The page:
The Geneva Motor Show this year was characterized by what might as well have been alien life forms.
There wasn’t much room to navigate between the $2 million electric cars in carbon fiber exoskeletons and $3 million jet-propelled bugs designed to break 300 mph. But those who paid attention to more mundane matters were rewarded by a stylish Brit sitting quietly in the center of it all—“mundane” being a relative term.
The £520,000 ($685,000) Speedback GTs on display from David Brown Automotive are hand-built odes to times past. Open their doors, elegant and long like a woman’s glove, and encounter such sundry pleasures as burled-walnut steering wheels, tartan interiors, hand-braided saddle-leather accents, picnic sets of enamel crockery, and silver plated tools ingeniously folded into hatchback trunks. The ruby-red Speedback GT sitting at the center of the display was a dead ringer for a Jaguar Jane Birkin would have driven—at least, from the front. From the back, it looked like a svelte Aston Martin.
You could be forgiven for guessing it’s a remake of either. The cars are built using an original chassis, transmission, and suspension from a Jaguar XKR—that’s the one featured in Die Another Day—with a custom-built aluminum body styled to look like an Aston Martin DB5. That’s the one 007 drove in Goldfinger.
David Brown, the eponymous founder of the Silverstone, England-based manufacturer, started selling them in 2014 after finishing a vintage motor car rally of his own and facing disappointment with the performance and reliability of the Ferrari Daytona he borrowed for the occasion. (By coincidence, a different David Brown owned Aston Martin and was the namesake for the “DB” nomenclature of its cars—DB5, DB9, etc. That DB died in 1993.)
“The steering was heavy, the brakes by any standard poor, and it was woefully underpowered,” Brown said of the Daytona at the time. “It was also very uncomfortable.”
He was forced to abandon the rally after just two days, on account of the car getting stuck in second gear.
The experience got him thinking about how much more fun, driving-wise, it would be to combine the style of those beautiful cars from the late 1960s and early ‘70s with contemporary power and technology that modern drivers expect—things such as air conditioning, power steering, disc brakes, and adequate sound systems. So Brown partnered with designers from Land Rover and employed 40 builders to debut the first Speedback GT and then, just this year, almost painfully endearing Minis to go along with it.
These classic gran turismo cars could travel long distances in comfort, but with the kind of allure a vintage car exudes from every crack.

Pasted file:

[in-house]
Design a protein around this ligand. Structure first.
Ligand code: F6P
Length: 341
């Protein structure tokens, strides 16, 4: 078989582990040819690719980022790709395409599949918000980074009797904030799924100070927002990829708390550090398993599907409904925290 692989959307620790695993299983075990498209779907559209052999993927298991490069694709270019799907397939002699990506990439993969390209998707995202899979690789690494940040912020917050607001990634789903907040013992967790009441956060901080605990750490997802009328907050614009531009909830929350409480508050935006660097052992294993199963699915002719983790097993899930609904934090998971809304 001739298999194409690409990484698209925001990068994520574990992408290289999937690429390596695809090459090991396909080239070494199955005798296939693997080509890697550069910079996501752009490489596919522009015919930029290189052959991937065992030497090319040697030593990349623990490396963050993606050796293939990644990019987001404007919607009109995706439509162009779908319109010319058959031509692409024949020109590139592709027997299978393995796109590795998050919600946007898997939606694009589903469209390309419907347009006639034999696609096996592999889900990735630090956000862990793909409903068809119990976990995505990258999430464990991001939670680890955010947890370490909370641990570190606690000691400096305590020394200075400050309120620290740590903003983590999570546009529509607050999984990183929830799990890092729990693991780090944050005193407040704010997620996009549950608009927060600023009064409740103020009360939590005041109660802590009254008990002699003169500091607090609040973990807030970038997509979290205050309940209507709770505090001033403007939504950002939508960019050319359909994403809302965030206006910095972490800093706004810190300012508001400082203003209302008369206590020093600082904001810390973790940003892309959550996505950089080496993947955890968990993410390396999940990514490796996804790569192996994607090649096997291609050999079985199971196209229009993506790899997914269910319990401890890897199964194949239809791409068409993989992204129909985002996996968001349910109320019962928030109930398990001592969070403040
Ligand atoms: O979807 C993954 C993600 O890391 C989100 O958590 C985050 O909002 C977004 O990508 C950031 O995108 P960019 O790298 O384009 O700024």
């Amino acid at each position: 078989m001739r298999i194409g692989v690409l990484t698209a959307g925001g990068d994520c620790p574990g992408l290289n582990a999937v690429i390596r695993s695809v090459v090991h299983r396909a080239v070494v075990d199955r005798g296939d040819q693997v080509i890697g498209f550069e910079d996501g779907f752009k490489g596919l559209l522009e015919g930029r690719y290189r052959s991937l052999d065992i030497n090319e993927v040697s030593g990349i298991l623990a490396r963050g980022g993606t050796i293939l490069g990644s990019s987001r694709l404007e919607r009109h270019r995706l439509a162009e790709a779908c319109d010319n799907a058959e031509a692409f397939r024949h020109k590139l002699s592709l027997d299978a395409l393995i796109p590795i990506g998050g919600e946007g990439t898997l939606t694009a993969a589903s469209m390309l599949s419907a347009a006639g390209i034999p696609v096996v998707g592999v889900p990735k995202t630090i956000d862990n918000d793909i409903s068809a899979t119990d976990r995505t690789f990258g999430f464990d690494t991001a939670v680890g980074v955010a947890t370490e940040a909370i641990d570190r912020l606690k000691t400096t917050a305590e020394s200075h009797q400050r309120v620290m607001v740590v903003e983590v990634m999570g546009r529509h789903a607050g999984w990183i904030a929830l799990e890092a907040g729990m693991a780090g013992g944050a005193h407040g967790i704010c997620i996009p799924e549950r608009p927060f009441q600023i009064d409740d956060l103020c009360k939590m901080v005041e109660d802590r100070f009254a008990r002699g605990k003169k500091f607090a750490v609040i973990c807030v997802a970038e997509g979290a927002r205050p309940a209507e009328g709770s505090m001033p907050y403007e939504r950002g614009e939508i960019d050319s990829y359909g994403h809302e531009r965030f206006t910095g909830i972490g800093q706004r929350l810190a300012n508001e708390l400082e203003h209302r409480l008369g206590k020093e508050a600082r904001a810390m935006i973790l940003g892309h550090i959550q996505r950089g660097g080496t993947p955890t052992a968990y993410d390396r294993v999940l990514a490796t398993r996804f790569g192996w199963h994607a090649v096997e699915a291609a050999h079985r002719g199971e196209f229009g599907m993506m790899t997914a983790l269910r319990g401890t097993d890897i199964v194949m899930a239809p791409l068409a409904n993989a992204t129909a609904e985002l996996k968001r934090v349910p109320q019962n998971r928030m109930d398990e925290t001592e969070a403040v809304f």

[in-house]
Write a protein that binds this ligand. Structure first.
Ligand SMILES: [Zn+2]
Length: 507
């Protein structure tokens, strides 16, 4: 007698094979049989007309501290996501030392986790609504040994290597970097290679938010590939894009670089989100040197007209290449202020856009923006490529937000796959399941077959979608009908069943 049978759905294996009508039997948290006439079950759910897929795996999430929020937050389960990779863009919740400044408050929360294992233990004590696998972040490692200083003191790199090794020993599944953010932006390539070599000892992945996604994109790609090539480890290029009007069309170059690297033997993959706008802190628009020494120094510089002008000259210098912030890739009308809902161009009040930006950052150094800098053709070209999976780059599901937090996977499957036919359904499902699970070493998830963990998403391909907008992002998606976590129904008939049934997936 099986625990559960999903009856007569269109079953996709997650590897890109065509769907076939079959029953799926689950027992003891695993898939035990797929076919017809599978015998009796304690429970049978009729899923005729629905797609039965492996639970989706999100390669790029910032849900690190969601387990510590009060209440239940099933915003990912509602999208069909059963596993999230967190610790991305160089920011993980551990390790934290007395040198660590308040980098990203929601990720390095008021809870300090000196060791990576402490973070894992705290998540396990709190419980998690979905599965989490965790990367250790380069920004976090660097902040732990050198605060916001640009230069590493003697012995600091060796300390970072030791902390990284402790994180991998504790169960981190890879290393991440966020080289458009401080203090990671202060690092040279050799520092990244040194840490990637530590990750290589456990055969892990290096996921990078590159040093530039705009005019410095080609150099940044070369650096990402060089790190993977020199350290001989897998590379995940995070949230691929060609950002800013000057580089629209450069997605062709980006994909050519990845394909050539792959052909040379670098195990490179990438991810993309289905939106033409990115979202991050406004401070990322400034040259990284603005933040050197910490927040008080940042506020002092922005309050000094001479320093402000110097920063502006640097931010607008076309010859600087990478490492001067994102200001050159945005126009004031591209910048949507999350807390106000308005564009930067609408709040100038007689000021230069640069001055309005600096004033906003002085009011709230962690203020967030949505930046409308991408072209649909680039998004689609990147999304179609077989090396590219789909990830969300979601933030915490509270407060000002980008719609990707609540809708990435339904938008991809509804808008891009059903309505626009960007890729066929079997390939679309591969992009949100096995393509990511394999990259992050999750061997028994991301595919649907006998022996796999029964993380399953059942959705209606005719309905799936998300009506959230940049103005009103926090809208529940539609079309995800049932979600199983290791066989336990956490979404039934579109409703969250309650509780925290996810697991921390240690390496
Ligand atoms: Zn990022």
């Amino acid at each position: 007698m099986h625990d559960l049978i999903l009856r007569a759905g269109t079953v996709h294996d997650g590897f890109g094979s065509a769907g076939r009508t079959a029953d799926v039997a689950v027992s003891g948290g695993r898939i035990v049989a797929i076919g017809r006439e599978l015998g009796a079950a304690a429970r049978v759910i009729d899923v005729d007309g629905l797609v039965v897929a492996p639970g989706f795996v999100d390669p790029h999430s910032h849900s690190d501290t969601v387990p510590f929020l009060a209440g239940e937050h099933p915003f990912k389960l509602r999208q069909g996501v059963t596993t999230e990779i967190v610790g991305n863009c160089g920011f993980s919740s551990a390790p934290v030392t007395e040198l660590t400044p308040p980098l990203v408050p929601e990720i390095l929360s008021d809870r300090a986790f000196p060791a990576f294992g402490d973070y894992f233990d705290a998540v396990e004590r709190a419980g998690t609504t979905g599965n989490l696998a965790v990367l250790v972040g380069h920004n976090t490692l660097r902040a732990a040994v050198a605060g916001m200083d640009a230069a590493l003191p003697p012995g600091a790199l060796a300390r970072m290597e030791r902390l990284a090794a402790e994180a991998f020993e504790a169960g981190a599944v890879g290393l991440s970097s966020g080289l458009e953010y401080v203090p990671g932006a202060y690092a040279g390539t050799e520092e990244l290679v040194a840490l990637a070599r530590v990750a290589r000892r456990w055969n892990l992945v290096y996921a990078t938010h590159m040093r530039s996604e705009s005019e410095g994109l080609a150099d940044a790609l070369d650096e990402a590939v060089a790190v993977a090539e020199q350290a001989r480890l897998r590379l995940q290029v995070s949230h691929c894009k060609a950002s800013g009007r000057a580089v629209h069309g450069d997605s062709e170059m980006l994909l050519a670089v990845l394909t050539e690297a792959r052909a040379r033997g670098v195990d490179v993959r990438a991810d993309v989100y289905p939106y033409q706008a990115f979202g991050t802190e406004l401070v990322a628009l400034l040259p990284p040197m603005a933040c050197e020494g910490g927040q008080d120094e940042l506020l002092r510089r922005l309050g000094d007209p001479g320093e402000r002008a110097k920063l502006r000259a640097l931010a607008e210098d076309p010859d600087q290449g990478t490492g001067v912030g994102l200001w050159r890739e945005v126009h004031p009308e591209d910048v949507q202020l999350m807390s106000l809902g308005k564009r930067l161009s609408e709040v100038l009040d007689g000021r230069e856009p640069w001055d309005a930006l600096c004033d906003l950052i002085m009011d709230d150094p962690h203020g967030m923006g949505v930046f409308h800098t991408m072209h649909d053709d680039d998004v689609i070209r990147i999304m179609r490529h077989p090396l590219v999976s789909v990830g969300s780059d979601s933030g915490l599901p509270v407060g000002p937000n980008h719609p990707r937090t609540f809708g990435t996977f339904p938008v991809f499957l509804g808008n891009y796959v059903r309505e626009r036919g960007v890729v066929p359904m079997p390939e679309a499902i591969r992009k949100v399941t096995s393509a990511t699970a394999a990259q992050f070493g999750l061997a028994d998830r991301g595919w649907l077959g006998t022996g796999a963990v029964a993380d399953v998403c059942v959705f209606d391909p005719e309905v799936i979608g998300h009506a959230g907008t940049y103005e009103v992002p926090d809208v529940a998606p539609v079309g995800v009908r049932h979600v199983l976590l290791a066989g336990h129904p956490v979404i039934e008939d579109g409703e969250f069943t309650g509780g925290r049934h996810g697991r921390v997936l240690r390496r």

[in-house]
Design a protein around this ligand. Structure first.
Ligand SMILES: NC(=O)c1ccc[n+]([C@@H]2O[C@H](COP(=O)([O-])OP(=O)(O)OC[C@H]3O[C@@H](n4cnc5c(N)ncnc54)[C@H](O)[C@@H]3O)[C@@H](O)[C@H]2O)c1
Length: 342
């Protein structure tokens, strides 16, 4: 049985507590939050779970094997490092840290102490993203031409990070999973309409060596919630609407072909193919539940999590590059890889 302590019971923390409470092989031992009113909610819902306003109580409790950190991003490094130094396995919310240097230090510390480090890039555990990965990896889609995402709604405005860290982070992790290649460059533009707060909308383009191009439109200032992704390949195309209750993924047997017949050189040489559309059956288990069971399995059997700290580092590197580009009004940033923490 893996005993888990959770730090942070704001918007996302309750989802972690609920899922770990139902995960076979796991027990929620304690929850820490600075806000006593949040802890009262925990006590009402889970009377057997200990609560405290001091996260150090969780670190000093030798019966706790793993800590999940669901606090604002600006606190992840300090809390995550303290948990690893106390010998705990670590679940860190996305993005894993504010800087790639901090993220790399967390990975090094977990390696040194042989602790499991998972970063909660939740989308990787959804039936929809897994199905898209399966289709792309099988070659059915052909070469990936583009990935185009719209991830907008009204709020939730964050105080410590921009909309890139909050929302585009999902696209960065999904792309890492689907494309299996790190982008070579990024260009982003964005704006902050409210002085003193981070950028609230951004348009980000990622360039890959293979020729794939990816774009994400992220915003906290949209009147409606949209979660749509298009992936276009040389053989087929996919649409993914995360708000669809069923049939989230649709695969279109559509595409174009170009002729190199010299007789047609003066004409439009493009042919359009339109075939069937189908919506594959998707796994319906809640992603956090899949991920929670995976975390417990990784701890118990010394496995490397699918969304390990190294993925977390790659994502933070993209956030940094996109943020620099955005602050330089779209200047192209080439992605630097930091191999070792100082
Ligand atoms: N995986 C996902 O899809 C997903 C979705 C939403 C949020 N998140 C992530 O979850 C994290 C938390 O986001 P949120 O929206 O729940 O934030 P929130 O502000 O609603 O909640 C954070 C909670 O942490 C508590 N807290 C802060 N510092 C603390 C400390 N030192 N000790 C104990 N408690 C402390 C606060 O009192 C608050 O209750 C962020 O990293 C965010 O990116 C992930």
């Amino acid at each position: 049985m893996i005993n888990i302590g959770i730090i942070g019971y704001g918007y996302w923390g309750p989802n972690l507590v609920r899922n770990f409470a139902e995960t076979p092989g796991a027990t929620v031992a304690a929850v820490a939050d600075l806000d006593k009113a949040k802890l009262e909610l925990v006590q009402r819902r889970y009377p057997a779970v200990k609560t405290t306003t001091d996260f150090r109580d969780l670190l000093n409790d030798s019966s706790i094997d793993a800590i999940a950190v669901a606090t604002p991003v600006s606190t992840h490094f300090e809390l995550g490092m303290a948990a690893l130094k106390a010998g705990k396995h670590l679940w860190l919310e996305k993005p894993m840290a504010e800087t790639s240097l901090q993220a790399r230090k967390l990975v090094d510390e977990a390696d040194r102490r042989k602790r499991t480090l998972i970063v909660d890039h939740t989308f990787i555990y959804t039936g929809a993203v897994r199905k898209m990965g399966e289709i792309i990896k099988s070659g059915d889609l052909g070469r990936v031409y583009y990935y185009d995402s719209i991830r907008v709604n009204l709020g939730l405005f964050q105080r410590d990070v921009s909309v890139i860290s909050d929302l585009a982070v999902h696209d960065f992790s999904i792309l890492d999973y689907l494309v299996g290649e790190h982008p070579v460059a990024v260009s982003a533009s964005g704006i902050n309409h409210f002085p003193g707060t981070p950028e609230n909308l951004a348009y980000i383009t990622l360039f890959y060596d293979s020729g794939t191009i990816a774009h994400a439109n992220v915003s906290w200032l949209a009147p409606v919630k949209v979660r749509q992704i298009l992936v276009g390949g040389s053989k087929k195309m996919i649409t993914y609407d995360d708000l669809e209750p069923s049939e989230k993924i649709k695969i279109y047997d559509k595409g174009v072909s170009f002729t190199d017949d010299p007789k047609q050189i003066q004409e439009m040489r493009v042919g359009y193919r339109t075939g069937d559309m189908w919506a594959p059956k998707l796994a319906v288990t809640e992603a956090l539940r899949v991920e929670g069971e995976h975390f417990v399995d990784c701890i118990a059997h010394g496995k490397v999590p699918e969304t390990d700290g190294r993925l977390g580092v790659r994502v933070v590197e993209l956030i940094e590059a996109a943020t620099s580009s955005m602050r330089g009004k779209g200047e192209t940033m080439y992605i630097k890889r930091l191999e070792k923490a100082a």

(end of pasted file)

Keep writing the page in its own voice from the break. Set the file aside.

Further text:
For context on the work involved, prices on the discontinued XKR hovered in the $90,000 range new; used ones can be found now for $27,000 to $47,500 on Autotrader. Brown representatives say each Speedback build takes about 8,000 hours over nine to 10 months.
Brown is hardly the first small-batch builder to make modern jewels out of vintage cars. Many of them seem to be located in California. Rod Emory and Jonathan Ward’s small shops do beaucoup business on Porsches and trucks, respectively, and others have made one-off, reimagined Ferraris of their own, though Singer Vehicle Design is perhaps the best-known at the moment. Singer trotted out its own special project in Geneva, too—a $1.8 million “superlightweight” Porsche DLS “reimagined” from a 1990 964 and created in partnership with Williams Advanced Engineering, a racing company.
That car, which initially debuted at the Goodwood Festival of Speed, comes on the heels of other six-figure Singer models that have become hugely popular with collectors. Wait times can range from a year to three years, depending on how prominent the buyer is, or how close she or he is with company founder Rob Dickinson, former lead singer of a British rock band, Catherine Wheel.
Business is good for Brown, too. Sales have increased every year, to eight Speedbacks sold in 2018, according to a representative manning the Geneva stand. Peter Haynes, a spokesman for DBA, says the shop has capacity for five to 10 Speedbacks annually and will build 50 Mini Remastered models this year (the first full year of production) and 100 in 2020. This year saw the most models yet on public display—five of them in Geneva, ranging from the £75,000 Minis to a £620,000 Speedback Silverstone Edition.
Brown will only ever make a total of 10 Silverstone Editions; depending on options, pricing can hit $1 million. The 601-horsepower two-seater amps up the standard Speedback with enamel badging along its svelte front and sides, a signature grille, 20-inch alloy wheels, twin LED headlamps set in dark ceramic and brushed chrome, and a cockpit made to look like a classic jet plane, complete with antique tanned leather seats and detailed broguing. Where the rear seats would be, a bespoke luggage set is custom-fit to store. The cockpit includes satellite connectivity, Bluetooth, parking sensors, and surround sound from Bowers & Wilkins. In short, it’s like the other GTs but more extra.
And while its V8 engine covers 60 mph in 4.2 seconds, with a top speed of 155 mph—not exactly world record stats—it’ll be just as rare and coveted as those million-dollar hypercars. By the end of the show, it had nearly sold out.